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Meat Loaf has fainted for a second time in three days. As previously reported, the singer passed out on stage in Pittsburgh last week. He blamed his asthma and finished the show once he had recovered.

Now TMZ reports that he collapsed again, this time after he had finished his performance. Having come off stage at the New Jersey Balloon Festival on Sunday, he fainted and requested oxygen. He did not require further medical attention though.

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With their new album 'Dum Spiro Spero' out this week, Japanese metallers Dir En Grey have published an open letter regarding how the ethos behind their latest LP was inspired and affected by the natural disasters that struck their country in March of this year.

The band reveal they were in Tokyo working on the album, the title of which translates as 'While I Breathe, I Hope', when the initial earthquake hit on 11 Mar. In particular, their letter draws attention to the Japanese government's official statements (or lack thereof) addressing concerns over radiation levels in the aftermath of the catastrophe.

In the letter, they say: "The safety regulations for safe levels of radiation exposure keep getting increased higher and higher, yet the only official announcement is that 'there is no effect on health'. We can no longer tell whether we are a democratic nation. Unless you are careful with your words, you will be taken down with significant force. At this point we do not have the ability to truly find out what is occurring in our own country".

"However, we want to know the truth", they later write. "People are able to overcome huge obstacles and problems if they know the truth".

Read the full letter here: www.msopr.com/?q=node/6751/

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Kings Of Leon drummer Nathan Followill has denied that the band are on the verge of breaking up, after they cancelled their current US tour.

As previously reported, the band cut short a show in Dallas on Friday after frontman Caleb Followill walked off stage three songs before the show was due to finish, saying: "I'm trying to sing but I haven't got a voice, I've got nothing".

The band then cancelled a show in Houston the next night and then the whole tour. The official line is that Caleb is "suffering from vocal issues and exhaustion" and that dehydration at the Dallas show caused "his vocal chords to seize".

However, bassist Jared Followill said via Twitter: "There are problems in our band bigger than not drinking enough Gatorade ... There are internal sicknesses and problems that have needed to be addressed".

Following the cancellation of the tour (and indeed prior to it) rumours began to circulate that the band are on the brink of splitting. But Nathan Followill tweeted yesterday: "Bummed about the tour not happening. So sorry for all the fans. We just need some rest. Thanks for understanding. WE ARE NOT BREAKING UP!"

They are so breaking up. Although they are due to begin touring again in Vancouver, Canada on 28 Sep.

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Velvet Revolver's remaining members - former Guns N Roses types Slash, Duff McKagan and Matt Sorum - have struggled to find a new frontman since booting Stone Temple Pilots vocalist Scott Weiland out and bad mouthing him all around town.

Having tried pretty much everyone out in a bid to find a replacement for Weiland, it seems that they might now choose the one person no one expected. OK, one of the two people no one expected; Axl Rose is not joining. No, they might actually reunite with Weiland.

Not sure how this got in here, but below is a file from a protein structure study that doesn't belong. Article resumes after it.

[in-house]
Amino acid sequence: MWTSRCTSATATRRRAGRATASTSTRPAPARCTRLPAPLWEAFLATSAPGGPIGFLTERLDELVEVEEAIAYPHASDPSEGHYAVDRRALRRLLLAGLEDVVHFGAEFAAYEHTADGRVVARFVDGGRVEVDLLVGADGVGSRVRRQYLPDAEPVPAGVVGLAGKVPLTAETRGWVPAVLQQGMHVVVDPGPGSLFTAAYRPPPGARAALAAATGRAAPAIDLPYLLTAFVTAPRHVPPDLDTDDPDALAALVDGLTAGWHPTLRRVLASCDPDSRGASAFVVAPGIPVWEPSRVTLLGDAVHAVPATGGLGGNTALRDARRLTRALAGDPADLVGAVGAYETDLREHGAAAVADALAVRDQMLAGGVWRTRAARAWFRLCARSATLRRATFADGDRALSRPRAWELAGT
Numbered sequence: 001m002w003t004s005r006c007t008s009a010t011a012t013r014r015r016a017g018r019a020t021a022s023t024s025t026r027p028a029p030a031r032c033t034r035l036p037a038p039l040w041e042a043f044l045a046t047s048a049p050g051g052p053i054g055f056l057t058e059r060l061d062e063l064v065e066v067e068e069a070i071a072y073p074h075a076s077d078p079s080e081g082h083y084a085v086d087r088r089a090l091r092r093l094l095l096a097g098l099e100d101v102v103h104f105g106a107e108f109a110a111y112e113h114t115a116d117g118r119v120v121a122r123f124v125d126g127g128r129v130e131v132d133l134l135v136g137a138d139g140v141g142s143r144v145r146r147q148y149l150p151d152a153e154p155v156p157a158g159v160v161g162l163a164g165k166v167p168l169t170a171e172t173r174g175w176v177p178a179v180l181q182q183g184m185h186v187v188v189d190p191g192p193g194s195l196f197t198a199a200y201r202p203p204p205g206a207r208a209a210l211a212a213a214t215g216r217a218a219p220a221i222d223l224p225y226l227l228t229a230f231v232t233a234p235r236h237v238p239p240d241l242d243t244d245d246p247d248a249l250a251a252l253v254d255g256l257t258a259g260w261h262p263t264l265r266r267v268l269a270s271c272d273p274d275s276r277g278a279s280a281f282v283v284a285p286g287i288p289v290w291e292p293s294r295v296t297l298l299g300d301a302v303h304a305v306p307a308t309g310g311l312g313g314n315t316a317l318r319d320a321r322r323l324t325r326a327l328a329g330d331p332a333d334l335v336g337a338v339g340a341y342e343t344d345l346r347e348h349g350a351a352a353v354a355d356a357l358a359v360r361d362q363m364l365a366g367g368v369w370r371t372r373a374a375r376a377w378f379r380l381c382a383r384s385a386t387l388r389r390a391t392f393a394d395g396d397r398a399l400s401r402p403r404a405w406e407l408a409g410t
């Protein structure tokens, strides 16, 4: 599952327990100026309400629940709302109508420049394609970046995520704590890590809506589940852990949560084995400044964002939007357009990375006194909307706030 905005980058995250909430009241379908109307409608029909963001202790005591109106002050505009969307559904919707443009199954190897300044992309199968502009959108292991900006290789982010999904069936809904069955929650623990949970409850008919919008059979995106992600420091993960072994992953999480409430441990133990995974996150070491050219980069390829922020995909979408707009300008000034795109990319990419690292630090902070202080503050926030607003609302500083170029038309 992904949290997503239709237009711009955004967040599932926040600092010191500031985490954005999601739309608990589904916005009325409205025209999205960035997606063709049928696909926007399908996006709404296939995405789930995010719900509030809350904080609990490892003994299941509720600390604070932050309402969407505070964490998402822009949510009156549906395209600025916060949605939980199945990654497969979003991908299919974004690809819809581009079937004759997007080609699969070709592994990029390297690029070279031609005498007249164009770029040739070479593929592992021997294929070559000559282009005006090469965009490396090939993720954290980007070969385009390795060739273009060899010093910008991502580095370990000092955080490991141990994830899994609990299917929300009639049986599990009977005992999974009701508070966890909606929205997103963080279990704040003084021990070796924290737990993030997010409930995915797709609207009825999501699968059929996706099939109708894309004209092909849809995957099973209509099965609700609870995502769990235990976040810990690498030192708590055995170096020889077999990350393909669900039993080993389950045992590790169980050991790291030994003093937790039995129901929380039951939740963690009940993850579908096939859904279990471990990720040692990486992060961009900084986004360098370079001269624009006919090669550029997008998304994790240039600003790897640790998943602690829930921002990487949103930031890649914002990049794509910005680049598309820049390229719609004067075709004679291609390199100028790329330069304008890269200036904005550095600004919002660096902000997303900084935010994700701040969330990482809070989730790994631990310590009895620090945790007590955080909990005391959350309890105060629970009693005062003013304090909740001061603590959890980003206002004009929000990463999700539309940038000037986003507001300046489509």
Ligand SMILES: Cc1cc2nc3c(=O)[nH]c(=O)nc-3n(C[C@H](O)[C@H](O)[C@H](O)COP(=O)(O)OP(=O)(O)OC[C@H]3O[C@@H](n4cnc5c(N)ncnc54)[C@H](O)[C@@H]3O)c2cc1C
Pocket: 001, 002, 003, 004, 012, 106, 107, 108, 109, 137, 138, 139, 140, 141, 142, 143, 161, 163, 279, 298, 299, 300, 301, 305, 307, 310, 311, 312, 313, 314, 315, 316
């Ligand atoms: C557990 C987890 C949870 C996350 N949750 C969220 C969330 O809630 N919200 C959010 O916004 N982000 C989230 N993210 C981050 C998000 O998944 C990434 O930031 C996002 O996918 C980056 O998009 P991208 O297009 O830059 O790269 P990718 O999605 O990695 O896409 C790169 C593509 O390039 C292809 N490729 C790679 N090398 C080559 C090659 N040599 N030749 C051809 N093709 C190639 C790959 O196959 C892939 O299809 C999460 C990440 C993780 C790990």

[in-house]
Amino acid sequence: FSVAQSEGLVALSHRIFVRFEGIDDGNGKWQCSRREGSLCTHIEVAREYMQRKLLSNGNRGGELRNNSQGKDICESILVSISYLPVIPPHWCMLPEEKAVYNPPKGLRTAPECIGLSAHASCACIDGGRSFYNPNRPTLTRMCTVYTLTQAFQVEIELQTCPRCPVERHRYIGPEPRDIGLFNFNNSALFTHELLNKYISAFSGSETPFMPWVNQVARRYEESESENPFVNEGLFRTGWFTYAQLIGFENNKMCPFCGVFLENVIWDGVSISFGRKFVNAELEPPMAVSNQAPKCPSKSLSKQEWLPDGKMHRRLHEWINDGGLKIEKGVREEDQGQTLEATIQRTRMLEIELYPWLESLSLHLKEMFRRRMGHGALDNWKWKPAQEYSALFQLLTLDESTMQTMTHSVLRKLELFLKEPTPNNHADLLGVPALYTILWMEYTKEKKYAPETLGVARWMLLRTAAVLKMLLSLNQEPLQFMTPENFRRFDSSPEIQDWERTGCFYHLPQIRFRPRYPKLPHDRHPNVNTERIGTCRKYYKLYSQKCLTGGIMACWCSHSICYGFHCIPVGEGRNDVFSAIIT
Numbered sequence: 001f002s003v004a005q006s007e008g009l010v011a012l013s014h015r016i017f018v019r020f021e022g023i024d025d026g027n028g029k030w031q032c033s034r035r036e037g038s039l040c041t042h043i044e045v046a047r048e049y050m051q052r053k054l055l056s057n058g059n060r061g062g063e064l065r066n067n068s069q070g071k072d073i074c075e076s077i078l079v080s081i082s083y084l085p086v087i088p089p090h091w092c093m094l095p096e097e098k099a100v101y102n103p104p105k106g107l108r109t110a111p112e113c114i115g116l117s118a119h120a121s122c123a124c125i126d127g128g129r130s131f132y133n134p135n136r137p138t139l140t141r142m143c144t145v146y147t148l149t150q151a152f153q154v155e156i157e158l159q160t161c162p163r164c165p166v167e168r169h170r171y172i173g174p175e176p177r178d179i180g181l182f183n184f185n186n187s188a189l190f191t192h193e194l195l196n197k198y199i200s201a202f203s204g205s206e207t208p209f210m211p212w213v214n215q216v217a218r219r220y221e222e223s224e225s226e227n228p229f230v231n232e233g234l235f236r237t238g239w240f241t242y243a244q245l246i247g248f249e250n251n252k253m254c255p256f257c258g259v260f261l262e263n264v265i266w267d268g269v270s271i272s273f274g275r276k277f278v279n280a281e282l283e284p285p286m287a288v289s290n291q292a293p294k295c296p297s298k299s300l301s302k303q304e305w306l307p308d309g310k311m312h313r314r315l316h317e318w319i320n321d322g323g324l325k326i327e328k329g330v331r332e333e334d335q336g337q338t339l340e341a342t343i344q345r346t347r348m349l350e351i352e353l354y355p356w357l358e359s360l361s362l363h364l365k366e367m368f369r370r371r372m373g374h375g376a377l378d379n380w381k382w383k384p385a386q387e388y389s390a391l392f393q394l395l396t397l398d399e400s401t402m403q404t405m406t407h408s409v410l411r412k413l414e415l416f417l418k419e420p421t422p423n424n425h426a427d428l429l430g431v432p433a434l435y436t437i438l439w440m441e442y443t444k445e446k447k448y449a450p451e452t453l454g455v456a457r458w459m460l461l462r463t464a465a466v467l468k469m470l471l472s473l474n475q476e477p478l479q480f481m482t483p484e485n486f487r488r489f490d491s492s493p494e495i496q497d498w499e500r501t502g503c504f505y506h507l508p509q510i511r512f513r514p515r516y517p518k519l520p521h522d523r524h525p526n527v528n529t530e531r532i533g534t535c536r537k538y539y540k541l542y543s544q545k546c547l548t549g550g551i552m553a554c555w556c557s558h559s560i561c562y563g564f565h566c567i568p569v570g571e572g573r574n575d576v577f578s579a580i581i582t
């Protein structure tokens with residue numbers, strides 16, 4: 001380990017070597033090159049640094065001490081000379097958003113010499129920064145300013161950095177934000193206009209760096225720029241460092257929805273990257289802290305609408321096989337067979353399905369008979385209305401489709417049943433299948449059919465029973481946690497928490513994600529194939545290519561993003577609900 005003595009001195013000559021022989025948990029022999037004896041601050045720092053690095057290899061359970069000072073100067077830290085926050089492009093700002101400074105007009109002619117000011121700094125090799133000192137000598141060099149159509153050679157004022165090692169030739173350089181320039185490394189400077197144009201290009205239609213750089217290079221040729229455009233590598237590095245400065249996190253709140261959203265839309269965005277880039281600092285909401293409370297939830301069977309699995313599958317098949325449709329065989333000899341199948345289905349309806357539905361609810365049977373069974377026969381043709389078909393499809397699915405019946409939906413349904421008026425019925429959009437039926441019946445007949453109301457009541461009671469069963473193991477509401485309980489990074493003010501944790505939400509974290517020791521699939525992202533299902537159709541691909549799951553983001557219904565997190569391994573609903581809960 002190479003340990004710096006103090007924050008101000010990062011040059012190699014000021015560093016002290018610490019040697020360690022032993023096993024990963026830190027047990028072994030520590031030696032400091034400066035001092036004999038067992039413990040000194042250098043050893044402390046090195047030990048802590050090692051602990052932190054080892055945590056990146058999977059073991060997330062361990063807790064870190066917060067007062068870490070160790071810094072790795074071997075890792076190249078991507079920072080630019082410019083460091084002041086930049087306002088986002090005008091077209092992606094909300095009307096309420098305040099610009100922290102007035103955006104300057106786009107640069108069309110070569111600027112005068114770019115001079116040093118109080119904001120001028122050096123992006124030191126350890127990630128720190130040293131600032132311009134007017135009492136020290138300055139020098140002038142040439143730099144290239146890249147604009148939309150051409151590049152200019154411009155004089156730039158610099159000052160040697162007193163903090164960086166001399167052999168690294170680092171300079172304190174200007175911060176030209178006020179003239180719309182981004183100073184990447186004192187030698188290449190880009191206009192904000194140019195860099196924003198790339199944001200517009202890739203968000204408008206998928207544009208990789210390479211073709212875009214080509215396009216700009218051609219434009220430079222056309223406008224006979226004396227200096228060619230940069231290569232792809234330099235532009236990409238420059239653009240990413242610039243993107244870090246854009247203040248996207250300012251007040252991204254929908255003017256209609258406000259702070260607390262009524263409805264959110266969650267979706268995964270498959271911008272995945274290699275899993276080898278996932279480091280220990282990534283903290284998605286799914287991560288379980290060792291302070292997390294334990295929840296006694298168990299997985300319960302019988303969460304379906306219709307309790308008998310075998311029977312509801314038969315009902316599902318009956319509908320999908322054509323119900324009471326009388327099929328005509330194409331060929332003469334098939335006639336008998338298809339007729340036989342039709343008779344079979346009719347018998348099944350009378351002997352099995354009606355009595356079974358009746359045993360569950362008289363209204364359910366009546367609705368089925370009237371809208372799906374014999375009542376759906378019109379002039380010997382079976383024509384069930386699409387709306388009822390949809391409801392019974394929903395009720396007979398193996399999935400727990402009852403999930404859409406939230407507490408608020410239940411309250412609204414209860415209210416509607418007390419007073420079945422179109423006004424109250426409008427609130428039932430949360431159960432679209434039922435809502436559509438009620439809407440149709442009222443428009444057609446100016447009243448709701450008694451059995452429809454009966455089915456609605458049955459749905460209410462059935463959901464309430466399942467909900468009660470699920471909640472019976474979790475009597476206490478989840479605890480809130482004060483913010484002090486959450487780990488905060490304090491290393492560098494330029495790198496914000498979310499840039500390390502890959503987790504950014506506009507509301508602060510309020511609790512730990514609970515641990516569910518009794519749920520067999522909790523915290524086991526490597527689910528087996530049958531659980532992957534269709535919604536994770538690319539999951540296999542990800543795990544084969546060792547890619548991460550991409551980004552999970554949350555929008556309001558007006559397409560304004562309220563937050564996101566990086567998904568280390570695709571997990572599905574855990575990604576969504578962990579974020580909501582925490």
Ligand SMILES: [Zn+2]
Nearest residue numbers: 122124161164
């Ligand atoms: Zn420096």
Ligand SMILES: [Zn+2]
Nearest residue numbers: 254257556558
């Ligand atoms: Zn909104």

The singer told The Pulse Of Radio this week: "We patched things up and we get along. I see them every now and again ... who knows, maybe we'll do some shows sometime soon".

Reflecting on his time with the band, he added: "That was right when I was getting off dope and those guys were all sober and clean, and I had a very special kind of kinship because we'd all experienced the same things. It was a great band to see live, and I think we made two exciting albums".

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As per the results of a Blackberry-sponsored contest that ran back in April, a handful of US garage-owners won the chance to host Foo Fighters at their very own homes for a one-off series of live concerts. Footage from the so-called 'Garage Tour' has now been crammed into a 40 minute documentary that charts the Foos' garage-to-garage charge across North America.

The band, who recorded their latest album 'Wasting Light' in a studio rigged up in Dave Grohl's garage, look perfectly at home rocking out amongst the petrol cans and DIY paraphernalia in fans' super-sized car lock-ups. And, you know, it's nice to see a band of the Foos Fighters' stadium-filling proportions take such a humble, appreciative attitude to their fanbase, conversing and riding about in tractors like ordinary blokes. Watch the 'Garage Tour' doc below.


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German techno wunderkinds Modeselektor are to make a return to their club-orientated beginnings with new album 'Monkeytown', their first since 2007's 'Happy Birthday!', which they will self-release on 3 Oct via their own Monkeytown Records label.

Far from being a concept album about a settlement ruled by apes, the LP is instead a body of cerebral beats that features collaborations with the likes of Thom Yorke and Apparat.

As for catching Modeselektor live, the duo has a lone UK appearance lined up at London's SW4 festival with a DJ set on 28 Aug.

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CMU approved dream-poppers Sleep ∞ Over have announced that they will release their debut album, 'Forever', via Hippos In Tanks on 27 Sep.

Have a listen to new track, 'Romantic Streams', here: soundcloud.com/sleep-over/romantic-streams


Behind Closed Doors
Romantic Streams
Porcelain Hands
The Heavens Turn By Themselves
Casual Diamond
Crying Game
Flying Saucers Are Real
Don't Poison Everything